SANOFI HAS FOUR POTENTIAL CANDIDATES FOR STERLING IN U.S., INCLUDING THREE IN LATE-STAGE CLINICALS; JOINT VENTURE WILL HAVE $ 500 MIL. R&D BUDGET, $ 2.3 BIL. SALES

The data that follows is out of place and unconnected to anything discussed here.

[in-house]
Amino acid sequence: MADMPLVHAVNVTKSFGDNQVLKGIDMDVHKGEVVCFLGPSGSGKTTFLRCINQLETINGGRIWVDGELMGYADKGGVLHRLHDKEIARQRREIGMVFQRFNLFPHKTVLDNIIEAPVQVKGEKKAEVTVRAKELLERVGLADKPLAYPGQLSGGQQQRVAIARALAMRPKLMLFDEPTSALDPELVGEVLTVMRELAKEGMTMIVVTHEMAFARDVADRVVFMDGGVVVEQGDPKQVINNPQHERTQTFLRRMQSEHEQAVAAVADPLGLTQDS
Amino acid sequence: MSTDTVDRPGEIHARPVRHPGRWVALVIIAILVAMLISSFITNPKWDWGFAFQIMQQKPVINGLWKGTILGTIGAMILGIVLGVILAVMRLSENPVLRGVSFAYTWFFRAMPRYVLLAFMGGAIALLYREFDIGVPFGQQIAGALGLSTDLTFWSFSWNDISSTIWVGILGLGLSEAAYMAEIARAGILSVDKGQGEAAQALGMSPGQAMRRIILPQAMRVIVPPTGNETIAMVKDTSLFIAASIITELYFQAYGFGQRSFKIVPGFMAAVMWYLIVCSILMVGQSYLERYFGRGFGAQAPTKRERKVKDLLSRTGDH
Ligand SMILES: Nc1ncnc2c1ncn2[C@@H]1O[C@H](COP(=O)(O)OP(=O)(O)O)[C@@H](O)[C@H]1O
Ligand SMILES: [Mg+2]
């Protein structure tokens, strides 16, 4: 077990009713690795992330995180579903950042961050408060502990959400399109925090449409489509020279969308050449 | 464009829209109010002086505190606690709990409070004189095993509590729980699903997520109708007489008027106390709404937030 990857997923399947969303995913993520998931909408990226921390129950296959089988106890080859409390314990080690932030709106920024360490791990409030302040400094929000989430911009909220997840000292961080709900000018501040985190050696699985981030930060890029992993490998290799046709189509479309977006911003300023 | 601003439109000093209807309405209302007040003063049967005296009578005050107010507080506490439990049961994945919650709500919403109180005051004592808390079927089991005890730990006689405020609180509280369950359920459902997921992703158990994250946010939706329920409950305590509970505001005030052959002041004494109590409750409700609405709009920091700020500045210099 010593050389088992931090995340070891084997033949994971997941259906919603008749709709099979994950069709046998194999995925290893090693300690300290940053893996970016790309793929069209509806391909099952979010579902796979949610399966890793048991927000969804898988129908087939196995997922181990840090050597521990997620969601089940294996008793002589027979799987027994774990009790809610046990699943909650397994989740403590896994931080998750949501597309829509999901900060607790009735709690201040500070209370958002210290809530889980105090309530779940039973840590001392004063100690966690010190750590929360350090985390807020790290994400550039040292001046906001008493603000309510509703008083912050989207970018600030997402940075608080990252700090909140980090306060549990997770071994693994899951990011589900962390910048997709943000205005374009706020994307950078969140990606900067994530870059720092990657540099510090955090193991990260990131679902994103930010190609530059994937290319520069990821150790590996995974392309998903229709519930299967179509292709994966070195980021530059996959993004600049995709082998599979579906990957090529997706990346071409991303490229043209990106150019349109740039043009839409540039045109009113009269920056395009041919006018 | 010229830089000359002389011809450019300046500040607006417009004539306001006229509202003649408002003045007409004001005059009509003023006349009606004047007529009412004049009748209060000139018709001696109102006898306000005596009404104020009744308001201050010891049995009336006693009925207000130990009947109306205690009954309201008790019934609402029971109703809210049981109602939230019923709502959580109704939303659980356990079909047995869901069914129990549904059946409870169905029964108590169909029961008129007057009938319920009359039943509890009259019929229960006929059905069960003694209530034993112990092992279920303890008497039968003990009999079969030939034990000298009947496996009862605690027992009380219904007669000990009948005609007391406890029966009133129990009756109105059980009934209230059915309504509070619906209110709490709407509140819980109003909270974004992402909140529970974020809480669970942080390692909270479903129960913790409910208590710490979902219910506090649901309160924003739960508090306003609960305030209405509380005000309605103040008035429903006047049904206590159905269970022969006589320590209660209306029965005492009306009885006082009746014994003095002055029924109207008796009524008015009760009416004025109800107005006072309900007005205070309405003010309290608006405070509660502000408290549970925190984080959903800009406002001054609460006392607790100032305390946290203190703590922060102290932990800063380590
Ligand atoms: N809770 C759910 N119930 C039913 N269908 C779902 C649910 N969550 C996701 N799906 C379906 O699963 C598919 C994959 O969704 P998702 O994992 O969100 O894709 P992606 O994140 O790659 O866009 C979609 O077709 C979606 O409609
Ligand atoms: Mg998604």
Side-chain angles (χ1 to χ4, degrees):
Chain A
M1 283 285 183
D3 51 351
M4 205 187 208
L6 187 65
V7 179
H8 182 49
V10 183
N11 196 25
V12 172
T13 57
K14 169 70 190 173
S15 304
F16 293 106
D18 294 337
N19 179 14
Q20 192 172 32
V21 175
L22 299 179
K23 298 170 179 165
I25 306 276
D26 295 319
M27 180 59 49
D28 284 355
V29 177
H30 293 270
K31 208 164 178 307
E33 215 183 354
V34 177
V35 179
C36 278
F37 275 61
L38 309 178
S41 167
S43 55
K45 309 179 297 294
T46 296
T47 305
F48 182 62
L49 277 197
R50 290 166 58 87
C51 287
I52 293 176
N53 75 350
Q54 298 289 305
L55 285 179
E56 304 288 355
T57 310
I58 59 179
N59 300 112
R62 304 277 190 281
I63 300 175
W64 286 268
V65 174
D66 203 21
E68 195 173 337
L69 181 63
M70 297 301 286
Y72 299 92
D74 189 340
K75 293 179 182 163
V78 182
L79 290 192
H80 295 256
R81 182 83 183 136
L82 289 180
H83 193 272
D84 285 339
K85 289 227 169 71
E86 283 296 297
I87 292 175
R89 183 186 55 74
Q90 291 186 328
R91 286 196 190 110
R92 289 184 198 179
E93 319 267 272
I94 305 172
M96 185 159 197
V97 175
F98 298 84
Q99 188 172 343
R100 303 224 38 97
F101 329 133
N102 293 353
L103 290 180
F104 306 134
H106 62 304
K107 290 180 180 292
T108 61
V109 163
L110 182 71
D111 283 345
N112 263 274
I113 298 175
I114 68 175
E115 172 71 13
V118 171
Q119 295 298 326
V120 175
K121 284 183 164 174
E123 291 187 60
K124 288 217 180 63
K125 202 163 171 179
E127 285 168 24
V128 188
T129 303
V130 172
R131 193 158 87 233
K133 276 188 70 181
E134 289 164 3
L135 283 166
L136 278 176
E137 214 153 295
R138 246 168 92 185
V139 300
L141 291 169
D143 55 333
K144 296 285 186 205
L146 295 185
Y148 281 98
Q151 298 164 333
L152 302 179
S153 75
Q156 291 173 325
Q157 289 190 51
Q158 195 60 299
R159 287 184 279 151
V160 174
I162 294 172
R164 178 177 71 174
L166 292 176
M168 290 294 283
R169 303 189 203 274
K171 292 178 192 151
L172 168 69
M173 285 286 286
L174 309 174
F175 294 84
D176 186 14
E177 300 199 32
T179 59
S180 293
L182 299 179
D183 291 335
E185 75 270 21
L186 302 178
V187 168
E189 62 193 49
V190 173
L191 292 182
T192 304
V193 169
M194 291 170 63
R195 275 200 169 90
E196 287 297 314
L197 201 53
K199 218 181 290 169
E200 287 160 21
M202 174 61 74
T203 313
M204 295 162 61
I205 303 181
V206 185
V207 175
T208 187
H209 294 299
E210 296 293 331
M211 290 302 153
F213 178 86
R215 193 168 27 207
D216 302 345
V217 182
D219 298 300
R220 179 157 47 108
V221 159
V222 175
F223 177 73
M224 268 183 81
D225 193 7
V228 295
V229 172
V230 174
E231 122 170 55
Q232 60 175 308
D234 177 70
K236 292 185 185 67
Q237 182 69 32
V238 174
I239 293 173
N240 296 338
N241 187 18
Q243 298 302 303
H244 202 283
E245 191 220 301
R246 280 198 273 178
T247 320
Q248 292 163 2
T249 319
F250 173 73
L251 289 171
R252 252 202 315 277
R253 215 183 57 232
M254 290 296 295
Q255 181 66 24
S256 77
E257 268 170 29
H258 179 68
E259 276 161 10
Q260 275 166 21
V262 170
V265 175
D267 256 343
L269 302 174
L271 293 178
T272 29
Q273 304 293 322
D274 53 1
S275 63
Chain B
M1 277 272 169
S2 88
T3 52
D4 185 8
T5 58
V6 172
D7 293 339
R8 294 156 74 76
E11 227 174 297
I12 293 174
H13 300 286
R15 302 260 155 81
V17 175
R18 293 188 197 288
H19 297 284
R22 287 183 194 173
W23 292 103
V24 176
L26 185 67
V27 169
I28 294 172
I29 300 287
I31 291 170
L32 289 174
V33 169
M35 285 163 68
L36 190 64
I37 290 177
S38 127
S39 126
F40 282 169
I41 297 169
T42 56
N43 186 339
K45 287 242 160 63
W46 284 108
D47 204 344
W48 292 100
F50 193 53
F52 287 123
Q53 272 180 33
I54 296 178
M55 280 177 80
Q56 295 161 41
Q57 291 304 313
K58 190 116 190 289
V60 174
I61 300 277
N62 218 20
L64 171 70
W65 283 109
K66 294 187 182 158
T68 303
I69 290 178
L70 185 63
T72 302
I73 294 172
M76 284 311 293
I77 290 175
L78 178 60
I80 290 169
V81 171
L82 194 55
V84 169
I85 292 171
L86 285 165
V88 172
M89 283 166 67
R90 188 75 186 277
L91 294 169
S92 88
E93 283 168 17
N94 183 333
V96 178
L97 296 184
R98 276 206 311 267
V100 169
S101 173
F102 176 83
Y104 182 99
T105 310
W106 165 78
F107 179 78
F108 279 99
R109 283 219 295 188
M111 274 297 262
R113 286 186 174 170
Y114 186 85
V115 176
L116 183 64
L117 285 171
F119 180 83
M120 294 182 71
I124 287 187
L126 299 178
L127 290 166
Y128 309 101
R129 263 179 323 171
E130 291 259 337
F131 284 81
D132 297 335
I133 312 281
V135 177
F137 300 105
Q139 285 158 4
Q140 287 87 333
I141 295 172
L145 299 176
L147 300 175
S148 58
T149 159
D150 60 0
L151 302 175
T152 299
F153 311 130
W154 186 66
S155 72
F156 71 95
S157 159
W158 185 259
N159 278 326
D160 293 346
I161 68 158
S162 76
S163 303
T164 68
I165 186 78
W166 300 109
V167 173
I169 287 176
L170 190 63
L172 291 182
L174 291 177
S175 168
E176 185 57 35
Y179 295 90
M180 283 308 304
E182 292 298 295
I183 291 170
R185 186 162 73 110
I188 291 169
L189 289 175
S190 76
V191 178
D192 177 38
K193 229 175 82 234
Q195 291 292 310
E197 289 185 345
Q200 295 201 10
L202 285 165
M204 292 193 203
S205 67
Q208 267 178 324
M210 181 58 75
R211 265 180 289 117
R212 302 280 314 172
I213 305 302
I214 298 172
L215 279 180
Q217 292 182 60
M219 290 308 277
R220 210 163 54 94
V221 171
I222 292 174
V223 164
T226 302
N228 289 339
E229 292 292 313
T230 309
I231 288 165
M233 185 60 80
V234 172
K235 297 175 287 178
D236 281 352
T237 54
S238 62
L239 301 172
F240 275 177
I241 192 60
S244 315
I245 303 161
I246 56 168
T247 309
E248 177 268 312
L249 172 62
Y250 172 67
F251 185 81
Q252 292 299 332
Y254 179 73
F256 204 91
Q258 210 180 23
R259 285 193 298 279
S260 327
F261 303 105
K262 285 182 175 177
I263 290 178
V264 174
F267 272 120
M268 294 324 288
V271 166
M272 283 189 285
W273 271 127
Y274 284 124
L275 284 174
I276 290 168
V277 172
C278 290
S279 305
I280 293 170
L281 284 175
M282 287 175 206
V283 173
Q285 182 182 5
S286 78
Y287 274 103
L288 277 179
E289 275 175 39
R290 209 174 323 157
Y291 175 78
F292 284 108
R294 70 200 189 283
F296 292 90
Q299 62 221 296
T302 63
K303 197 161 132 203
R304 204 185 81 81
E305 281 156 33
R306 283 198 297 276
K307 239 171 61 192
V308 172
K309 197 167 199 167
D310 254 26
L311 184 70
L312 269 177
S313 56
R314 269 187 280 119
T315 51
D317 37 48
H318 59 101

Sanofi has three products in "Phase IIb/III clinicals" plus a low molecular weight heparin that are candidates for U.S. marketing by Sterling once the two companies consummate their proposed strategic alliance announced Jan. 9. The low molecular weight heparin Fraxiparine, one of Sanofi's five major products, is not currently sold in the U.S. In late- stage development, Sanofi's pipeline contains: clopidrogel (SR 25990), a platelet aggregation inhibitor; fantofarone (SR 33557) for hypertension and angina; and tiludronate (SR 41319) for the prevention and treatment of osteoporosis. The strategic alliance with Sanofi offers Sterling no major new product opportunities in the near-term for the U.S. market due to the French firm's strategy in recent years of out-licensing commercially important prescription products. Products outlicensed by Sanofi for U.S. marketing include Syntex' Ticlid; the anti-epileptic Depakone and tranquilizer Tranxene, which are licensed to Abbott; the heparin product Calciparine, licensed to DuPont; and the antiarrhythmic Cordarone, licensed to Wyeth-Ayerst. The proposed strategic alliance will create three joint ventures between Sterling and Sanofi covering prescription and OTC pharmaceuticals. The two prescription drug joint ventures, called Sanofi Winthrop, will market Sanofi and Sterling products in their respective geographic areas. A third joint venture, Sterling Health (see following story), will market the two companies' OTC lines. The proposal does not constitute an acquisition of either company by the other. Rather, it allows each company to retain its separate corporate identity and headquarters while drawing on each other's sales force, marketing and distribution strengths. Sterling described the deal as "cash flow neutral" with each company taking a stake in the other and trading geographic assets. The alliance would provide Sanofi with access to Sterling's 800-rep sales force as well as the U.S. firm's physical plants and local research and product registration experience without the enormous cash expense of a major acquisition. The French firm has been seeking an entry into the U.S. pharmaceutical and OTC market since its acquisition bid for A.H. Robins was thwarted in 1988 when American Home Products outbid Sanofi and Rorer. The deal would provide Sterling access to a much richer pipeline and worldwide critical mass in sales and marketing. For Sterling's parent Kodak, the deal offers many of the same benefits as DuPont's joint venture agreement with Merck, not the least of which is a graceful way of dealing with a mid-size drug business in danger of being lost in the high stakes drug industry merger wave without bowing entirely out of the business. The combined Sterling and Sanofi operations would generate some $ 2.3 bil. in revenues in 1991, vaulting Sanofi Winthrop into the top 20 pharmaceutical companies in the world. Currently, Sanofi, with some $ 1.3 bil. in drug sales, ranks 35th globally and Sterling, with about $ 1 bil. in pharmaceutical sales, is 37th, according to IMS data provided by the companies. In addition, the Sterling-Sanofi strategic joint venture would have a worldwide R&D budget of more than $ 500 mil., putting the combined operation in the top 12 pharmaceutical companies in terms of R&D spending. Unlike the recent DuPont Pharmaceuticals joint venture with Merck, where Merck retains rights to its own R&D efforts, the Sterling-Sanofi venture would have exclusive marketing rights to products that emerge from both companies' respective discovery and R&D programs. The Sanofi-Winthrop venture will share "certain" development expenses not yet detailed. The companies stressed that the proposed scheme allows Sterling and Sanofi to "retain direct ownership and management of the discovery and development portion of their respective research operations. The alliance will have exclusive rights to the pipelines of the two companies in the territories, subject to existing rights of third parties and will share certain development costs." A transition team is working on the proposed alliance under the joint direction of Sterling CEO Louis Mattis, 49, and his counterpart at Sanofi, Jean-Francois Dehecq, 51. The deal is expected to be completed by mid-1991. At that time, Sanofi-Winthrop will unveil a rationalized and trimmed pipeline focusing on thrombotics, cardiovascular, oncology, diagnostics and neuropharmacologic drugs. Mattis and Dehecq will have a primary role, along with the heads of Sanofi R&D and the Sterling Research Group, in formulating the new, tightened pipeline and in deciding which Sanofi drug projects to bring to the U.S. An announcement of the proposed alliance notes that both Sanofi-Winthrop ventures will be managed by a joint strategic management committee. Further back in development, Sanofi predicted last year that it would bring 17 new drugs into clinicals during the 1990-1991 time period. These included four thrombosis products; three cardiovasculars (for hypertension, angina and heart failure); five neuropharmacologic compounds (for Alzheimer's, anxiety, depression and epilepsy); and five others, including compounds for asthma and immunotherapies. In addition, Sanofi's major thrombotic product, the platelet aggregation inhibitor Ticlid (ticlodipine), may be unavailable to the Sanofi-Winthrop joint venture in the second half of the decade. Syntex has exclusive rights to the product for three years after approval. After three years, Syntex still retains the right to continue exclusive marketing or to sell Ticlid through a 50%- owned subsidiary or joint venture. The product is currently at FDA where it may get a narrower-than-hoped-for indication due to advisory committee concerns with the incidence of neutropenia in clinical trials ("The Pink Sheet" Dec. 17, T&G-1). Sterling's R&D pipeline, likewise, appears to contain few, if any, near-term opportunities for Sanofi. Sterling's biggest selling product in the U.S., Omnipaque (iohexol), and two other in vivo imaging agents pending at FDA -- iopentol and gadodiamide (S- 041) -- are licensed from the Norwegian firm, Nycomed, and their availability to the joint venture is unclear. A follow-up radiopaque compound to iopentol and an MRI agent are in Phase II clinical studies, Sterling reported, and two additional MRI agents are "nearing" clinicals. In the cardiovascular area, Sterling has two agents in Phase II study: the antiarrhythmic ipazalide (WIN-154177) and PEG-SOD for the prevention of reperfusion. A second antiarrhythmic is slated to enter clinicals early this year. WIN-54954, an oral product for the prevention of enterovirus and rhinovirus is also in Phase II. Two radioimmunoconjugates and a lymphokine are in clinicals for cancer. The start-up of clinicals for a radiosensitizer is "anticipated in mid-1991," Sterling said. Also for cancer, Sterling has a "novel antiandrogen" for prostate cancer and benign prostatic hypertrophy that is currently in Phase I. Sterling also highlighted four compounds in late discovery: an orally active compound for emphysema; "structurally novel" cytotoxics for cancer; a series of phosphodiesterase inhibitors for the prevention of heart failure; and new molecules for MRI enhancing agents. Under the strategic alliance, each company is expected to retain its R&D centers. Sterling conducts discovery and development activities through 1,600 personnel at five centers in Rensselaer, N.Y.; Alnwick, England; Dijon, France; and Great Valley and Chesterbrook, Pa. The planned 1993 opening of Sterling's $300 mil., 900,000 square foot U.S. central R&D facility in Upper Providence, Pa. is unaffected by the announcement of the alliance. Sanofi employs 1,600 R&D researchers and staff worldwide at seven centers in: Montpellier, Toulouse, Labege and Gentilly, France; Brussels; Milan; and Manchester, U.K. Sanofi and Sterling noted that 1,100 of the combined companies' 3,200 R&D personnel are devoted to drug discovery efforts. The agreement divides the world in two according to the existing strengths of each company: like the 15th century Treaty of Tordesillas, which split the New World between Spain and Portugal, Sanofi Winthrop will exist in two distinct spheres. Sanofi would be the majority partner (51%) in the eastern Sanofi Winthrop territory -- Europe, Africa, the Middle East, Asia and the subcontinent -- managing the drug venture and receiving the greater share of assets and future profits. In the western hemisphere, the Sanofi Winthrop operation would be managed by Sterling, which will control 51% of the venture for North America, Latin America, the Caribbean and Australasia. In Japan, where both companies have existing partnership agreements, a "joint policy will be discussed," the companies said. Sanofi has an existing agreement with Daiichi Pharmaceuticals that covers thromboembolics (ticlodipine) in Japan, and which provides a partnership for Daiichi to develop its products in Europe. Sanofi drug products have been in Japan since 1983 via joint ventures with Taisho and Meiji Seika. More than 60% of Sanofi drug sales are generated outside of France; the company has a pharmaceutical market in more than 100 countries. Sanofi also has staked a claim to the new Eastern European market with its recent acquisition of 40% of the number two Hungarian pharmaceutical firm, Chinoin ("The Pink Sheet" Nov. 19, T&G-4). Sterling pharmaceuticals also are sold in more than 100 countries, with 43% of sales coming from outside the U.S. Overseas, Sterling says its ciprofibrate Lipanor is the "major" lipid lowering drug in France. U.S. clinicals for the product have been on hold. Other international pharmaceutical products include Trancopal, a muscle relaxant; Plaquenil (hydroxychloroquine) for malaria, lupus and rheumatoid arthritis; Negram, an antibiotic for urinary tract infections and the breast cancer product danazol. Sterling parent Kodak has been exploring options such as a strategic alliance for the last 12 to 18 months, Kodak Chairman Kay Whitmore said in an interview. He explained that Kodak considered three options: attaining critical mass through another Kodak-funded acquisition, maintaining the status quo, or selling Sterling. Another health care purchase was ruled out, Whitmore said, in part, because of the increasing premium needed to buy into a successful acquisition. The status quo was rejected in the face of the rapid consolidation in the pharmaceutical industry in 1989-90, he noted. Whitmore acknowledged that Kodak had underestimated the speed with which the industry consolidated after 1988. Kodak, which paid $ 5.1 bil. for Sterling in 1988, reiterated its satisfaction with Sterling's performance in the three years since its acquisition, saying the drug operations are "meeting or exceeding expectations of Kodak management." Sales from continuing operations have grown at a compound annual rate of more than 7% and gross margins have increased "more rapidly," Kodak said. Operating earnings before R&D are up "more than 40%" since the acquisition and R&D investment has more than doubled since 1988 to $ 250 mil.